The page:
Not a single stringed instrument is played or heard in Impempe Yomlingo. Mozart without a string section? Impossible! Yet soon enough the ear gets accustomed to the unfamiliar but authentic sound of a choir of marimbas (eight by my count), played masterfully by, so it seemed, just about every member of the two-dozen strong company at one time or another during the evening. Percussion also figures in, and one trumpet in free jazz riffs filling in for the magic flute solos. Otherwise, the frenetic all-acting, all-singing, all-dancing, all-musician cast joins in not only on Mozart’s choruses, but also supplies vocal sound à la Swingle Singers (South African style), both verbal and nonverbal, to fill out the composer’s harmonic intentions. They provide a constant Greek chorus-like commentary, sometimes just with a mood, not words, on the action. Graceful syncopations add a little tropical flava to Mozart’s tunes. I thought I heard a tango at one point. As far as I could tell, arias were sung in original keys. Pauline Malefane and Mandidi Dyantyus provided the music arrangement.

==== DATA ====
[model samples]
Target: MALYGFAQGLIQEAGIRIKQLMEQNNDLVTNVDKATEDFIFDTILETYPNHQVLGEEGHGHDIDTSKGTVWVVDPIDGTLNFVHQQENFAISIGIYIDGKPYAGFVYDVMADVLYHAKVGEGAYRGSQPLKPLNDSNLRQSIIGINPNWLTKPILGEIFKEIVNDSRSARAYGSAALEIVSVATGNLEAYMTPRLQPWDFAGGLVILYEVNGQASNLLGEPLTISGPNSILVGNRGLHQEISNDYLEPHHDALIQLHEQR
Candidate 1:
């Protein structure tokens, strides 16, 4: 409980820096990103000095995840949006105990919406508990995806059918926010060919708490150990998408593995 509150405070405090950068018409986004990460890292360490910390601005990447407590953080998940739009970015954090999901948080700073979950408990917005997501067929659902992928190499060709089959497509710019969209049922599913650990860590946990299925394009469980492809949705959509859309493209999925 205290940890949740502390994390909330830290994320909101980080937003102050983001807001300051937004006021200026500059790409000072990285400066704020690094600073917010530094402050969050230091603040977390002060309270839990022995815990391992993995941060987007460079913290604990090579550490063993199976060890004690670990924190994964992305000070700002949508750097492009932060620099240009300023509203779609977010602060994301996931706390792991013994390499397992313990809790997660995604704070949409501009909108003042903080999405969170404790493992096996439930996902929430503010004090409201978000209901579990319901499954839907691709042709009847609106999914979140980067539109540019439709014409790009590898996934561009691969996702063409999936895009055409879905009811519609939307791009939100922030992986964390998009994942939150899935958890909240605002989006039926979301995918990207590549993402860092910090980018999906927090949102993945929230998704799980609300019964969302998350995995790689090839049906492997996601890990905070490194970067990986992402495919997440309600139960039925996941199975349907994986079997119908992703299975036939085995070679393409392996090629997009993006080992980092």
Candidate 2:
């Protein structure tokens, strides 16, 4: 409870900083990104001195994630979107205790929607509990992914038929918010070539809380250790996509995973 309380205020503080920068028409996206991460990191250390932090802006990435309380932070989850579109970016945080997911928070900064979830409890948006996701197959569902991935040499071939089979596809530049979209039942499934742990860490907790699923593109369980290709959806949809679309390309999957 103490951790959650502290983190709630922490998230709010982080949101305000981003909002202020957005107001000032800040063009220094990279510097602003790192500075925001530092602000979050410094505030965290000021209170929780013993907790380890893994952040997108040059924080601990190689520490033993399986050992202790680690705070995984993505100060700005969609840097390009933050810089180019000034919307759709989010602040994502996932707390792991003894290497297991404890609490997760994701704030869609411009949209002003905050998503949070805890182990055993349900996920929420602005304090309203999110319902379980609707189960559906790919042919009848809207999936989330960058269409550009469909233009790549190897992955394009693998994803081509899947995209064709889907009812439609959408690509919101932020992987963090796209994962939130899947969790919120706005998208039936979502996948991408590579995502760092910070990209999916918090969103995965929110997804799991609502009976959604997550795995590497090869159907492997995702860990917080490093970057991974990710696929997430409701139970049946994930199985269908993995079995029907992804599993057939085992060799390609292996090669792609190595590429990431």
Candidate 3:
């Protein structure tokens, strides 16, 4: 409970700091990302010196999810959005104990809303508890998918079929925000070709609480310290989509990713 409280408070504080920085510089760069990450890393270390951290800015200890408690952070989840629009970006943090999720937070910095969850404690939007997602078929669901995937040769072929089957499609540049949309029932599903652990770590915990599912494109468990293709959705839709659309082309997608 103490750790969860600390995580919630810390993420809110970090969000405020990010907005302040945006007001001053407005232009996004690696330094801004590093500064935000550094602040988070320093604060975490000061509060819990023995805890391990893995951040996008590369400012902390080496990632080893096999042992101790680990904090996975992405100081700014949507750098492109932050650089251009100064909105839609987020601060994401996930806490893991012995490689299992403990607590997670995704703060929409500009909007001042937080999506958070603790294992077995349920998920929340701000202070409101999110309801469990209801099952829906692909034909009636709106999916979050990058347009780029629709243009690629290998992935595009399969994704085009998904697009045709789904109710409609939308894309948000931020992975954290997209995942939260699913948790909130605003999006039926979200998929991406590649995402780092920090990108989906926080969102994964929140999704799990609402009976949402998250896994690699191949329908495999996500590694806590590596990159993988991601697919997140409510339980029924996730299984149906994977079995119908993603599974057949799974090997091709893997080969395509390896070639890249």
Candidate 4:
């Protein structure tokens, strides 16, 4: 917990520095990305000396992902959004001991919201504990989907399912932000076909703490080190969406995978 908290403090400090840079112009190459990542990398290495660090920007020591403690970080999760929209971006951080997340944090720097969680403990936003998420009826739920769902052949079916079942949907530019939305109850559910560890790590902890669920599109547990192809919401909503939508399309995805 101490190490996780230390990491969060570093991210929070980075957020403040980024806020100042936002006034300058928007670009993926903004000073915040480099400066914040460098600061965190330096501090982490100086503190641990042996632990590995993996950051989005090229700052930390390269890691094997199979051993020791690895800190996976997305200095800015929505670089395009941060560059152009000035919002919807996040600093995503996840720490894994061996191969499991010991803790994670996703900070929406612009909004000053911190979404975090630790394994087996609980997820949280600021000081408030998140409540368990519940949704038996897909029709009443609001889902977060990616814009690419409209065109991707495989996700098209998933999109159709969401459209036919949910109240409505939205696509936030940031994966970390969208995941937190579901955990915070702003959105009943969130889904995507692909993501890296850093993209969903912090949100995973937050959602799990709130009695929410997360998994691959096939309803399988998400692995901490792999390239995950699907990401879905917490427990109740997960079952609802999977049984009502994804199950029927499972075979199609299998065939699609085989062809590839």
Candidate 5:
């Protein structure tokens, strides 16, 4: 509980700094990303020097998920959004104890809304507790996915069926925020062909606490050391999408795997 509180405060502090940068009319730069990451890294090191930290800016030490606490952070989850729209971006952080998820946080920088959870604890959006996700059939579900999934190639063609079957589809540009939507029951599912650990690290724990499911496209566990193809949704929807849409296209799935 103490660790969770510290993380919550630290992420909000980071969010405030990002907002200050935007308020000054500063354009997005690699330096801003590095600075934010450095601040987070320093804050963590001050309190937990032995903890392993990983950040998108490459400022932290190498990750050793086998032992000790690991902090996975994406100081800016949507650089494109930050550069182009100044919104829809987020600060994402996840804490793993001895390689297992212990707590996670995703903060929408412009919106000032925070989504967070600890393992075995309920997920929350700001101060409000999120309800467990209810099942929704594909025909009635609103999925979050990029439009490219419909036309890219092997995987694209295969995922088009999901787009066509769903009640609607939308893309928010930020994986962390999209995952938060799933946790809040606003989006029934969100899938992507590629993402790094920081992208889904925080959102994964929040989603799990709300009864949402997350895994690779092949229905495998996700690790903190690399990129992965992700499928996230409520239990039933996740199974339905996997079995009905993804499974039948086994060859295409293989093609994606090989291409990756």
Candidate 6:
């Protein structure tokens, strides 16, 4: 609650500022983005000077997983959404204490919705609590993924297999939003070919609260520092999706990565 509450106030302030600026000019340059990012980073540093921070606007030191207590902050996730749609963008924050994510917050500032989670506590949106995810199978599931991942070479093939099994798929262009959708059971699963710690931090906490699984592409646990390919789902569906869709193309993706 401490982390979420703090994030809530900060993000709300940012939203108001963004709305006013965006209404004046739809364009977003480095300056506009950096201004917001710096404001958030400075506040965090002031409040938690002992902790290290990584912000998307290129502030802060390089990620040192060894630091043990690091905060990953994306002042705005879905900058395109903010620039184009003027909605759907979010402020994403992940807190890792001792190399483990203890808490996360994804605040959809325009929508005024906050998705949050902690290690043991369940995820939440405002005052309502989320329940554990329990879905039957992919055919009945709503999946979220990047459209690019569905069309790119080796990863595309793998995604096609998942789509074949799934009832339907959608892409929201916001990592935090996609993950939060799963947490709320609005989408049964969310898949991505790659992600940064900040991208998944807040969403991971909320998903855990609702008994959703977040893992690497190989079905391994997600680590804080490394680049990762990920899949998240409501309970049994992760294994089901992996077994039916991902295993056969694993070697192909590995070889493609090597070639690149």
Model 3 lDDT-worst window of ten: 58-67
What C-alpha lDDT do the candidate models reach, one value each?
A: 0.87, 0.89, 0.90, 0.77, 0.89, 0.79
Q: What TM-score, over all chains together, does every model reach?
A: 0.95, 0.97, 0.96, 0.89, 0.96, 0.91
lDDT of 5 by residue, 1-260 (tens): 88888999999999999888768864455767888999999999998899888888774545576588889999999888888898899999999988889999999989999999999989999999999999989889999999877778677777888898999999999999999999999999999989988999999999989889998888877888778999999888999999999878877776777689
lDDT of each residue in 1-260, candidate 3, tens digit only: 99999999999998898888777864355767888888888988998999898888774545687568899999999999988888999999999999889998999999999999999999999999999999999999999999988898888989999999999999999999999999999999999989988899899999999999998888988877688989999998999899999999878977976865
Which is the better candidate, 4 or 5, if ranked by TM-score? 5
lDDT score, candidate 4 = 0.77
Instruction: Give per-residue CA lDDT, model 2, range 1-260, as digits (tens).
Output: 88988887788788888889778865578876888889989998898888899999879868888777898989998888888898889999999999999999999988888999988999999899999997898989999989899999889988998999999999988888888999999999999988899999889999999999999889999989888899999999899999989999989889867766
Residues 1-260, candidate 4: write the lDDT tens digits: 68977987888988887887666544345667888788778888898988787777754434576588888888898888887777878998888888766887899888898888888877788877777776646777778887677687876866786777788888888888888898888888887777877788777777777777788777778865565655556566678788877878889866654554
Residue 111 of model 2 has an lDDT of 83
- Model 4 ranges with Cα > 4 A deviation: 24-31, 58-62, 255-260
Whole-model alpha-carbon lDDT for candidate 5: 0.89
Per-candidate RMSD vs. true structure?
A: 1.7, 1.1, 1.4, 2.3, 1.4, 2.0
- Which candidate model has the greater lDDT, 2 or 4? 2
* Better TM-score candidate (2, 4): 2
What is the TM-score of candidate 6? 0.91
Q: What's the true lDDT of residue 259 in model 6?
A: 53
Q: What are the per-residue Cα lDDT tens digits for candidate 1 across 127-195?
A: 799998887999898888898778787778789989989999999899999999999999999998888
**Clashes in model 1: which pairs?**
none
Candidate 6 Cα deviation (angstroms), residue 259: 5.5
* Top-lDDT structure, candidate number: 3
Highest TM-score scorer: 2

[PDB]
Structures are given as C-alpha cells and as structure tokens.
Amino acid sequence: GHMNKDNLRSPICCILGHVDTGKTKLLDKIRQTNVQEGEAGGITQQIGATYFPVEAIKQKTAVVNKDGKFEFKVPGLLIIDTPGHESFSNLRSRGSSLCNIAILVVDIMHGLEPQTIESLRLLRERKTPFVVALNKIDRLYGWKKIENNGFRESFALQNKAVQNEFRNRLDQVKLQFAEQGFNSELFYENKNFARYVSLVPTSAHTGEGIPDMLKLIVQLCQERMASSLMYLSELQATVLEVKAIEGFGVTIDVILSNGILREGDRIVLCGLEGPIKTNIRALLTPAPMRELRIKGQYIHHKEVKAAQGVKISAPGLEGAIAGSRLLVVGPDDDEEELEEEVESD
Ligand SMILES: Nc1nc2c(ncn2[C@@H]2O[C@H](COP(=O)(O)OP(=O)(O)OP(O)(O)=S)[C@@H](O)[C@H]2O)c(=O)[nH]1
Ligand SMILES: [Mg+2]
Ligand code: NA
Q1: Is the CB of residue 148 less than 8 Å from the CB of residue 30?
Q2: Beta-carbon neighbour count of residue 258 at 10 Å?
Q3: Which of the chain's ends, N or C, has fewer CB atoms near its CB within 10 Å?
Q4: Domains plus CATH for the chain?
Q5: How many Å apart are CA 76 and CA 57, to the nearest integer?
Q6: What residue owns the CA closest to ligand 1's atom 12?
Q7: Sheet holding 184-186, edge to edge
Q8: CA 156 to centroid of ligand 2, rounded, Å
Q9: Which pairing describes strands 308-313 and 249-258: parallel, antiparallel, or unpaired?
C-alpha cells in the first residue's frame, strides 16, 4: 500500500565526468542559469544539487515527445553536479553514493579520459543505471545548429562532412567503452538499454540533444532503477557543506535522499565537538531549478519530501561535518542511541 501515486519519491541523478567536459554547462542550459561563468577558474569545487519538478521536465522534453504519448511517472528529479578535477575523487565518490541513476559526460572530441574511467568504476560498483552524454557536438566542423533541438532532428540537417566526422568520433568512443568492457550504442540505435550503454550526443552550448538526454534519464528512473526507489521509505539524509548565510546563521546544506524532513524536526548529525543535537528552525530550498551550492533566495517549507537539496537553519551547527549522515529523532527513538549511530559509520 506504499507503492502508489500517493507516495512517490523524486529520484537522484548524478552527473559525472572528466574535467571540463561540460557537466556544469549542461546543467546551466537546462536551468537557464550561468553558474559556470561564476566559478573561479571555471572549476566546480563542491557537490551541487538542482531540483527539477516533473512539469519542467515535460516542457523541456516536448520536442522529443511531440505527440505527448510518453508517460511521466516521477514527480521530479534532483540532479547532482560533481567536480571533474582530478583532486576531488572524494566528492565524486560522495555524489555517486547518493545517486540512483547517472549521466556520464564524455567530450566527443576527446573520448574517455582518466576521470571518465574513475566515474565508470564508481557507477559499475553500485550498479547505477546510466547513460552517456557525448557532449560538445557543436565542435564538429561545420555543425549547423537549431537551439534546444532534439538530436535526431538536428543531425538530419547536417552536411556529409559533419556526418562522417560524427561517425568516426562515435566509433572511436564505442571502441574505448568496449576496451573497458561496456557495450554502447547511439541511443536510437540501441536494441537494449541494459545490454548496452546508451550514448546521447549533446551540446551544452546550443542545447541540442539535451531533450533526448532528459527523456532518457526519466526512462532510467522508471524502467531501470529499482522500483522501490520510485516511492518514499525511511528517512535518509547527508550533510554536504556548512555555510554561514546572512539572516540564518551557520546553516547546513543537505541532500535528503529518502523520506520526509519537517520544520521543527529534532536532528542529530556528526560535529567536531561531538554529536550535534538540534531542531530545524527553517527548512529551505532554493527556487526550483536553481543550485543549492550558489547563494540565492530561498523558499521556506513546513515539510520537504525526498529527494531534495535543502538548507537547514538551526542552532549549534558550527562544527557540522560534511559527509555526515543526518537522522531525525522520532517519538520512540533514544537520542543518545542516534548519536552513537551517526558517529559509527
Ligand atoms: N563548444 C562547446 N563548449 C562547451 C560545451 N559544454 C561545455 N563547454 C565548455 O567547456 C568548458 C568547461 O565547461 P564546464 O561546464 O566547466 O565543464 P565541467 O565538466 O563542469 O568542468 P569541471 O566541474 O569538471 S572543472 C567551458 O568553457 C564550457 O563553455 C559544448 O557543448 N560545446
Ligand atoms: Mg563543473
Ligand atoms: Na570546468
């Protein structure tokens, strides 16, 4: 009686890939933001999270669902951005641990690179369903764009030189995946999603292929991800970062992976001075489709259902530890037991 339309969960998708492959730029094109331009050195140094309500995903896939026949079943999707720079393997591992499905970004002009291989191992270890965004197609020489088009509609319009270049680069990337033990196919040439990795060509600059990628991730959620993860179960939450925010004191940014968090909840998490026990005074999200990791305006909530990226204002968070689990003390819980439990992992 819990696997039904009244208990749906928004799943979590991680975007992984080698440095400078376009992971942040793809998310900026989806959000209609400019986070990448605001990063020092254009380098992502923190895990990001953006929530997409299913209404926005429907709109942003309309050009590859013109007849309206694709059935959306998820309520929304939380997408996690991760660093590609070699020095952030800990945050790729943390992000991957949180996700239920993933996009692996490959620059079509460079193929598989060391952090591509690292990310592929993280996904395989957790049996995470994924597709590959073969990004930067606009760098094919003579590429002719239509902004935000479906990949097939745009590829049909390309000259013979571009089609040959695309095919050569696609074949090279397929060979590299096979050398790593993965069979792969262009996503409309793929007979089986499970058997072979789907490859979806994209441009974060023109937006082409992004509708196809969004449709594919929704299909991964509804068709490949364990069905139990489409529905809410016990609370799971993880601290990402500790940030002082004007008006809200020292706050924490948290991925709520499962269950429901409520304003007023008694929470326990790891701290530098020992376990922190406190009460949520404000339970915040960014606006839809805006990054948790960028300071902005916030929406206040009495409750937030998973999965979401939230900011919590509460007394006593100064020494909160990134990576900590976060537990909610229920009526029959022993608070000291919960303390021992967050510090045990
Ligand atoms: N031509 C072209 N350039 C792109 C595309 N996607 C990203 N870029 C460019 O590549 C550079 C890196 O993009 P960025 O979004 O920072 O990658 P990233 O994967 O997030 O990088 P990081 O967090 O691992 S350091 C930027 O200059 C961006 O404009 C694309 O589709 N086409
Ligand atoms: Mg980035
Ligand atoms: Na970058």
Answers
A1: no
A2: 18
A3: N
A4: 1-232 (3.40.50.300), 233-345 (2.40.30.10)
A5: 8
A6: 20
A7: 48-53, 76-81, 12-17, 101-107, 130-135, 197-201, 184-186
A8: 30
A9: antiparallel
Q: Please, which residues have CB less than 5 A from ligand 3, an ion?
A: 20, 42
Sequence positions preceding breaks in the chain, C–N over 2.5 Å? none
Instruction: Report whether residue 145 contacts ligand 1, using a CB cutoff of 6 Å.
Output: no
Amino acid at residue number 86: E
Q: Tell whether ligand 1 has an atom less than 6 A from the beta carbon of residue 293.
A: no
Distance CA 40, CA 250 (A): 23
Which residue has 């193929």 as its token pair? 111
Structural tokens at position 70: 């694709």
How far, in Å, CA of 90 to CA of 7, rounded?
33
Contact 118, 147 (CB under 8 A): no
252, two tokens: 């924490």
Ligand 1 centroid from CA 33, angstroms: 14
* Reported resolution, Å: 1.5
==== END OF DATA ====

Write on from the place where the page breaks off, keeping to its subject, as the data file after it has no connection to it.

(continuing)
In other words, this Magic Flute takes the point of the beloved 1791 opera and owns it for a worldwide audience more than two centuries later, not to pervert it but to share its wisdom and its glories with today’s theatergoers. As adapter, director, writer and Isango co-founder Mark Dornford-May says, the original work “was created to be performed in a suburban theater for ‘ordinary’ people-not the aristocracy. It is a world-beating piece of music storytelling, and it has always belonged to every man” (everyone, I might have said).

Scenically the production is rich with costumes designed by Leigh Bishop, headdresses and hair, painted faces, backdrops, projections, and special effects. Everyone is barefoot. The Spirits (a trio of pre-adolescent boys in standard productions) come out in cute little outfits like the Supremes with feathered wings. Individual performers are not identified in the program for specific roles, so I’m sorry I can’t single them out. Clearly these singers have advanced vocal training, and many are quite good. But it’s truly the ensemble that counts.